From this historical and bi-cultural perspective, Slowey highlights a meaning of fashion, which has lately been gaining more consideration in academic circles. Fashion doesn’t just simply visualize a different culture or time period through patterns or simple design, but it also keys us in to a culture’s values and traditions, likes and dislikes.

So, where does this leave us?  College students carry heavy course loads, beaucoup extracurricular activities, not to mention social entanglements. Anne Slowey was once one of us, and is now the author of her own ELLE column, Fashion-Know-It-All, a former star of the “Devil Meets Prada”-esque reality show “Stylista”, a one-time critic of “The City’s Whitney Port”, a fashion aesthete and the Director of the Fashion News (which your very own Fashion by Felicia checks religiously every morning on ELLE.com, latte in hand).

Moreover, Slowey is no fashion talking head — her points are intellectual. One could even say she has an academic’s view on the world of fashion. However, she is quick to crush any opinion that casts historical interpretation as the only legitimate view.

“As I have gotten older, I have realized you use fashion to express yourself and what you think, to convey a sensibility,” she said. “Clothes represent who you are — if you’re moody, a romantic intellect or if you’re playful or joyful. This Spring, in particular, we’ve seen a lot of that with beautiful nature prints.”

Slowey believes your wardrobe has the power to set the tone when you enter a room.

“After all, you pick a trend and then you bring it to your own closet,” she said. “The bottom line is you pick something everyday that you like, for which you have a feeling.”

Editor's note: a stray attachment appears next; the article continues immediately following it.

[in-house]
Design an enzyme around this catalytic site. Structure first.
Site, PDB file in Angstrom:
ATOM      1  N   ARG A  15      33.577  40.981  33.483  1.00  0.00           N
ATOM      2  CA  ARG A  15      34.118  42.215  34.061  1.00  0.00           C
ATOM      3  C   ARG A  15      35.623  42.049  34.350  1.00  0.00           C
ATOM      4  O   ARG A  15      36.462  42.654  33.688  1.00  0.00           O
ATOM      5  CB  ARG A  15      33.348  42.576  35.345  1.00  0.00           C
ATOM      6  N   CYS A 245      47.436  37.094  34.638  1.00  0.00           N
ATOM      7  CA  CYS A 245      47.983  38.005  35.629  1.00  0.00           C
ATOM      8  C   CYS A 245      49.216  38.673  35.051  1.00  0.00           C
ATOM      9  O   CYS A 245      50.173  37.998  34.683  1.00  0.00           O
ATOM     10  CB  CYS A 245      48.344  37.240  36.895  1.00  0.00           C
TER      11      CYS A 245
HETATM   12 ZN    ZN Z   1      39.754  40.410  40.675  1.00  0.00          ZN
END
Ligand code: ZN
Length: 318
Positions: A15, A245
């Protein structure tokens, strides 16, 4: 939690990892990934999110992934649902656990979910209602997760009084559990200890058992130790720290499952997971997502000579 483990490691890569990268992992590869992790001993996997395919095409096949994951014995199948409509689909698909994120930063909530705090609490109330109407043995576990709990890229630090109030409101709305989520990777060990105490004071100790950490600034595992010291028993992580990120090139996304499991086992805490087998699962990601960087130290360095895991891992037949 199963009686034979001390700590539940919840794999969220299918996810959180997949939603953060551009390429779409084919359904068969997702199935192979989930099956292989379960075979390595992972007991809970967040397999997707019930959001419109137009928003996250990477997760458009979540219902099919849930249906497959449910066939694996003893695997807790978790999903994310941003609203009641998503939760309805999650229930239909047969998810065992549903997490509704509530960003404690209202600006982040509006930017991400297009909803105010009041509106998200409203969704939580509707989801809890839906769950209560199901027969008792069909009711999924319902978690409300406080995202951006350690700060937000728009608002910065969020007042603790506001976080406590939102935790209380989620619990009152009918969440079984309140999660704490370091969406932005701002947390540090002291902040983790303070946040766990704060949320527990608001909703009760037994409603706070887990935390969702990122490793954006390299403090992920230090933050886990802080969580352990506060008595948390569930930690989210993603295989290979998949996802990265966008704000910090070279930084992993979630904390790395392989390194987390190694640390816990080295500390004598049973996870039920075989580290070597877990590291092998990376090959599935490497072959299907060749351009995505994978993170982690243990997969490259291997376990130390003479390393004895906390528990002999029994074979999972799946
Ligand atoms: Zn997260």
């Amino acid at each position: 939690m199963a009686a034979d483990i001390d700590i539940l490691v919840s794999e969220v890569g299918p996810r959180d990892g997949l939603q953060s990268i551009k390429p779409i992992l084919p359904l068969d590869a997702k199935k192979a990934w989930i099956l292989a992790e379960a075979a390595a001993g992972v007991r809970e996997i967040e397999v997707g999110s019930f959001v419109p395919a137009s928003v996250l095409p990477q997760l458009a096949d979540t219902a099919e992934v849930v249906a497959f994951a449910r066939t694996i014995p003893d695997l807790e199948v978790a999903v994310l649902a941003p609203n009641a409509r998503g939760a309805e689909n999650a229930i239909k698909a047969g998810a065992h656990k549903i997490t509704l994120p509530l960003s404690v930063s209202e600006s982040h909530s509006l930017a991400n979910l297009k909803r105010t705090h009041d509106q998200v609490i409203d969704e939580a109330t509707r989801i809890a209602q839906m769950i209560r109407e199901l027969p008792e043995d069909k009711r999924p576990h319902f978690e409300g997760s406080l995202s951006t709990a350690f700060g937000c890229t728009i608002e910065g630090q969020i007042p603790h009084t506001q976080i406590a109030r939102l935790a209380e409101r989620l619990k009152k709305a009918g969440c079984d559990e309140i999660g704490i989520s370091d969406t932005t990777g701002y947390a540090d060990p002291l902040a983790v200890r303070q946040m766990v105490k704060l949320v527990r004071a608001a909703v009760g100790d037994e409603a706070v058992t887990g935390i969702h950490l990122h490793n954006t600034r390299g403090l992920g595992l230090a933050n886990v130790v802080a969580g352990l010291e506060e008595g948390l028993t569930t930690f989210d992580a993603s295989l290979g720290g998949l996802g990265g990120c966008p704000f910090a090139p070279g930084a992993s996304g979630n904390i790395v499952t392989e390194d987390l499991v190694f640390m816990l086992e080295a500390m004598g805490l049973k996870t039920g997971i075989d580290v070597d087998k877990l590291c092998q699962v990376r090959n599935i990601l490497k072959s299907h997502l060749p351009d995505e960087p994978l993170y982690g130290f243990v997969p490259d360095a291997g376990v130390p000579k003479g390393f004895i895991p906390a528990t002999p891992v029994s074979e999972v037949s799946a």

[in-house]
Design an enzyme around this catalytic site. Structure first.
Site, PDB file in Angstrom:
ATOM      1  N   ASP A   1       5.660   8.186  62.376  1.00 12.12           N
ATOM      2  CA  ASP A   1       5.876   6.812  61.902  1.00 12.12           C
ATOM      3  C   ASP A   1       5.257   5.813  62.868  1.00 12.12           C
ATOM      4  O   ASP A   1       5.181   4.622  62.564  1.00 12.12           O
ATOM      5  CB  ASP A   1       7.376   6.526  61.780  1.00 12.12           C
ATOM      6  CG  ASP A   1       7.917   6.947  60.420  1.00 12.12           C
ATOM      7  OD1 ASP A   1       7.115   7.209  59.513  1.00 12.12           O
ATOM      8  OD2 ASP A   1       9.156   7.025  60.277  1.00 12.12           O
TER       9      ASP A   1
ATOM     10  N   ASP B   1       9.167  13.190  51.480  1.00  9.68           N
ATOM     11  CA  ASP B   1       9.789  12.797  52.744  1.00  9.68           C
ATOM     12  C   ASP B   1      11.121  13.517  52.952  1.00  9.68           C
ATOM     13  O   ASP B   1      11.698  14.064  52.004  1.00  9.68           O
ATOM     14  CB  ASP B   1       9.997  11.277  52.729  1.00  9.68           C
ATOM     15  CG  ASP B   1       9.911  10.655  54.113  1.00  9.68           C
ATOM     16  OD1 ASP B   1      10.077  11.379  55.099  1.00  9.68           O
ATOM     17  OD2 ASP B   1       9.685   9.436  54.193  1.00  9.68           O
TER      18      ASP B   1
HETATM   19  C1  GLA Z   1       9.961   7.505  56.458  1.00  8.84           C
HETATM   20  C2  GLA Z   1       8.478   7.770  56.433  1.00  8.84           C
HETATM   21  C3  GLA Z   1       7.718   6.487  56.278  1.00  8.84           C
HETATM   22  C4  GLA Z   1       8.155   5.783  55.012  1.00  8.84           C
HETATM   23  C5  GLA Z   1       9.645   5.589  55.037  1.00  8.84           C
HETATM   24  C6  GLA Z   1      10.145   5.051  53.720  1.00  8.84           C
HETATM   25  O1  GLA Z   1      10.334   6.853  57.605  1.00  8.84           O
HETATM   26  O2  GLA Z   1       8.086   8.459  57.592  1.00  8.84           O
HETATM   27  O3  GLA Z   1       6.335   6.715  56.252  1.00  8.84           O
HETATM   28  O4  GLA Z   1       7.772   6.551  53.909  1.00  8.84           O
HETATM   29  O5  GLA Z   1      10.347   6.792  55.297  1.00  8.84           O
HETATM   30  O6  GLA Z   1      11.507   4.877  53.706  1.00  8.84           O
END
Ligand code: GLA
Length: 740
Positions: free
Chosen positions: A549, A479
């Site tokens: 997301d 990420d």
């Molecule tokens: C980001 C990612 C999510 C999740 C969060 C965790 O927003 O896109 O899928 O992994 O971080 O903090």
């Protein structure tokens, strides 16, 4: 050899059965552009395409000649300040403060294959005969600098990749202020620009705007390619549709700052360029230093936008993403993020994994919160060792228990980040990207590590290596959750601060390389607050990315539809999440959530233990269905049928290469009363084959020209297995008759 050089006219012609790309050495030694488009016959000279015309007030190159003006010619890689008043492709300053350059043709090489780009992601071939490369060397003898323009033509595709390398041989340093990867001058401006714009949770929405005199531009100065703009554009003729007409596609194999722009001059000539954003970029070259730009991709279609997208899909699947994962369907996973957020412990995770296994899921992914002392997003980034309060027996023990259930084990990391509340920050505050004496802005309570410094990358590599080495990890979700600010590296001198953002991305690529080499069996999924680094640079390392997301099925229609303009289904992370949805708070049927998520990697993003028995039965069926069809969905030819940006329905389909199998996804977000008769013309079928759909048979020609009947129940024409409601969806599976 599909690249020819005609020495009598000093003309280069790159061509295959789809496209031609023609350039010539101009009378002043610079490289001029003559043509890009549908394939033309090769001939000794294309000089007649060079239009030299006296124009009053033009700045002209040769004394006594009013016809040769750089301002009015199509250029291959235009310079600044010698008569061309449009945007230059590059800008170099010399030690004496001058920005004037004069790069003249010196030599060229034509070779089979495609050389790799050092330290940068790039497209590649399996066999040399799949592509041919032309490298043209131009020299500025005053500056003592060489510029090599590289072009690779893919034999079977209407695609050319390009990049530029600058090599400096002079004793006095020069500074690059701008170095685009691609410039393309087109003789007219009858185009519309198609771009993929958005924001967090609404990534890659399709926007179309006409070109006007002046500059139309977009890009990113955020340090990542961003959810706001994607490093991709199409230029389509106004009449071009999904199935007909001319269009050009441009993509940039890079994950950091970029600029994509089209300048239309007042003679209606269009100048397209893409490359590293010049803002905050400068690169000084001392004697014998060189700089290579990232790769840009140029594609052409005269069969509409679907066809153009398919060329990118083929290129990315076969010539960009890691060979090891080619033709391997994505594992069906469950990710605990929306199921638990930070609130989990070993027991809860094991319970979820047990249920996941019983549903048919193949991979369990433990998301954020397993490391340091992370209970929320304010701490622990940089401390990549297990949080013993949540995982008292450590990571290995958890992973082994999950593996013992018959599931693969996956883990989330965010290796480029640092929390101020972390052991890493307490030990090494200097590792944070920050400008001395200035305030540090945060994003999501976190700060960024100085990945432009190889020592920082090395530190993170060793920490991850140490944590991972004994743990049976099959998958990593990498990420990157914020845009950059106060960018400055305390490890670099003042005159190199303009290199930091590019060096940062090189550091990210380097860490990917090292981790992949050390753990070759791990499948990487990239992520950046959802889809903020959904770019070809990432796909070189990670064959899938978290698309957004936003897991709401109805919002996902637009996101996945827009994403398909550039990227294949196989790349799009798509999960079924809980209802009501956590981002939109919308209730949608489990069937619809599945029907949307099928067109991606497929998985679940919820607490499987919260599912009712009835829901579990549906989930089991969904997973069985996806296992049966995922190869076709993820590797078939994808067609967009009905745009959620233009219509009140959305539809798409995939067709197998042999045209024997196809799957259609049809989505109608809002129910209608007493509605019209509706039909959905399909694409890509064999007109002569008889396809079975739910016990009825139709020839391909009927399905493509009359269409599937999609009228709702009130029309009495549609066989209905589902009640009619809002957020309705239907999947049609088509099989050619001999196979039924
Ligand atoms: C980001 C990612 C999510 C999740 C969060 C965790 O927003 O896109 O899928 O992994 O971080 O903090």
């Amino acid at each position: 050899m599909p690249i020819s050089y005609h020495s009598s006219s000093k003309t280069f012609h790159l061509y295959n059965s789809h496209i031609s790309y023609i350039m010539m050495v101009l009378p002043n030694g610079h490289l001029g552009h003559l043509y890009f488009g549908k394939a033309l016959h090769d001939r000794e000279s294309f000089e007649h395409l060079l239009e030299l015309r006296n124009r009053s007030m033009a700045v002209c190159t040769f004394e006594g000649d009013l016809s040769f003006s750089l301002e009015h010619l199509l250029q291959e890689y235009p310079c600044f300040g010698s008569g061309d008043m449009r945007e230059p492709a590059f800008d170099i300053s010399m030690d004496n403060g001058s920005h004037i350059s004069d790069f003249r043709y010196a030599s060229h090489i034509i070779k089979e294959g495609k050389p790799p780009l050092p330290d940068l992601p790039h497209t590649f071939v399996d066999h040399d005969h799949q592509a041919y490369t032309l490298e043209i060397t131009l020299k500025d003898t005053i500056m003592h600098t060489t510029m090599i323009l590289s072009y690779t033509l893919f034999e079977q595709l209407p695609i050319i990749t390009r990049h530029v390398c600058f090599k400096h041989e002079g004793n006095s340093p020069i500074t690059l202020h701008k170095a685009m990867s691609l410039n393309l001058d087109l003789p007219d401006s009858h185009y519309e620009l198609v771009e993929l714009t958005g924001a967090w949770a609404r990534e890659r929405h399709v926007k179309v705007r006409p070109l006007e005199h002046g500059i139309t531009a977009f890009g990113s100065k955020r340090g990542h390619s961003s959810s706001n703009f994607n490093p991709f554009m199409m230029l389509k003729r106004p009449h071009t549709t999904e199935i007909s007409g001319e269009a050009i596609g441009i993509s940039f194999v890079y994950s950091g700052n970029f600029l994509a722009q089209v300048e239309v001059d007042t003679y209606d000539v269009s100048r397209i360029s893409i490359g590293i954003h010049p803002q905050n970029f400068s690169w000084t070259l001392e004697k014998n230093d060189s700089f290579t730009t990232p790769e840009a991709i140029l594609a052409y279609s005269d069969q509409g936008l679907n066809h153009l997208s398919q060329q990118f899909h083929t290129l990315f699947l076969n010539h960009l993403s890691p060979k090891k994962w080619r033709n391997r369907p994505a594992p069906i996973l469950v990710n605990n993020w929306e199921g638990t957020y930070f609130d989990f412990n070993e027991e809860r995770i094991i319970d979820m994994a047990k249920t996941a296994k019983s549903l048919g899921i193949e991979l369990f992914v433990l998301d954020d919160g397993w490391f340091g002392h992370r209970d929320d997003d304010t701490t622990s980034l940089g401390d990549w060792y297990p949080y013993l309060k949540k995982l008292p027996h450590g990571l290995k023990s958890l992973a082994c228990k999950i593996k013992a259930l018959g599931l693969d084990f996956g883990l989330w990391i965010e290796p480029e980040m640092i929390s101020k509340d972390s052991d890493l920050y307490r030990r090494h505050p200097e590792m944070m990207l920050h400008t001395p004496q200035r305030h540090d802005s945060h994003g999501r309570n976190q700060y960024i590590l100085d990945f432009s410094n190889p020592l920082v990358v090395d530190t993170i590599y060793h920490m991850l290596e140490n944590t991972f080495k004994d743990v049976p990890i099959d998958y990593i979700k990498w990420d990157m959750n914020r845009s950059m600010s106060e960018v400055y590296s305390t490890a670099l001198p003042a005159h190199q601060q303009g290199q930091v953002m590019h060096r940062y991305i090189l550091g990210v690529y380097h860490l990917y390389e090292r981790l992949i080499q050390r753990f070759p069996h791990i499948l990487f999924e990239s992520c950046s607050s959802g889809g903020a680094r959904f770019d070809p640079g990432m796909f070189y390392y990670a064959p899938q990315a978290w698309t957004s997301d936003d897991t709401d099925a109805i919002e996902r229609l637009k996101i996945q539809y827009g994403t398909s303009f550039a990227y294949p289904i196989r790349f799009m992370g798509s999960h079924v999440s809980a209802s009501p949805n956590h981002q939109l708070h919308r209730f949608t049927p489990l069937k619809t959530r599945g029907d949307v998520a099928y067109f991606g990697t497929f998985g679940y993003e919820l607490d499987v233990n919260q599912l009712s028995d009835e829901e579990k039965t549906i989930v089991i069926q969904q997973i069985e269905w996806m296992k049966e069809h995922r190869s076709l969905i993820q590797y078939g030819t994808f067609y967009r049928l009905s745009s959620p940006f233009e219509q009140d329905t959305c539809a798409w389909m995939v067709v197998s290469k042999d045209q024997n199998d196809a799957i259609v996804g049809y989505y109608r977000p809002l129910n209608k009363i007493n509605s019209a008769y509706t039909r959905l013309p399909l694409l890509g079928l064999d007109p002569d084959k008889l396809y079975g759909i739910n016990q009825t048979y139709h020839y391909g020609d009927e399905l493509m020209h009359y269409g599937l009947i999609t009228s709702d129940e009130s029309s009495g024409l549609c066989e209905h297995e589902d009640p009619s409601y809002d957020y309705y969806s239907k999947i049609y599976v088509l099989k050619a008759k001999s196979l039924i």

Slowey described her style as “a little avant-garde with the romantically intellectual.” She often likes to surprise people, incorporating a quirky or entertaining accessory into her ensemble. She cautions young women engaged with fashion to remember that if they begin to wax poetic on the historicism of fashion, like the architecture of a particular building, clothes can change the way you feel in a tangible manner. When asked about her favorite fashion item, Slowey was speechless (of course, as any true fashion lover knows, items of your wardrobe are like children — how could you possibly choose your favorite?), but added, “Anything by Balenciaga, or Pierre Hardy.”

Achieving our dreams is never easy, and it always takes us on unexpected routes. Did the young Anne Slowey dream of a place of power at ELLE Magazine as she felt the grass underneath her feet on that walk up to the Golden Dome? As she said, “I wanted to be a writer.” And so she is, and so much more.

The key to fashion lies in its ability to help us get there, to communicate our dreams and desires to the audience we wish to spellbind. Papers may be on their way, exams around that crisp fall corner, but with the right ensemble and accessories, you can feel on top of the world and visually shout that empowerment from the rooftops. Now that’s what I like to call fashion enlightenment.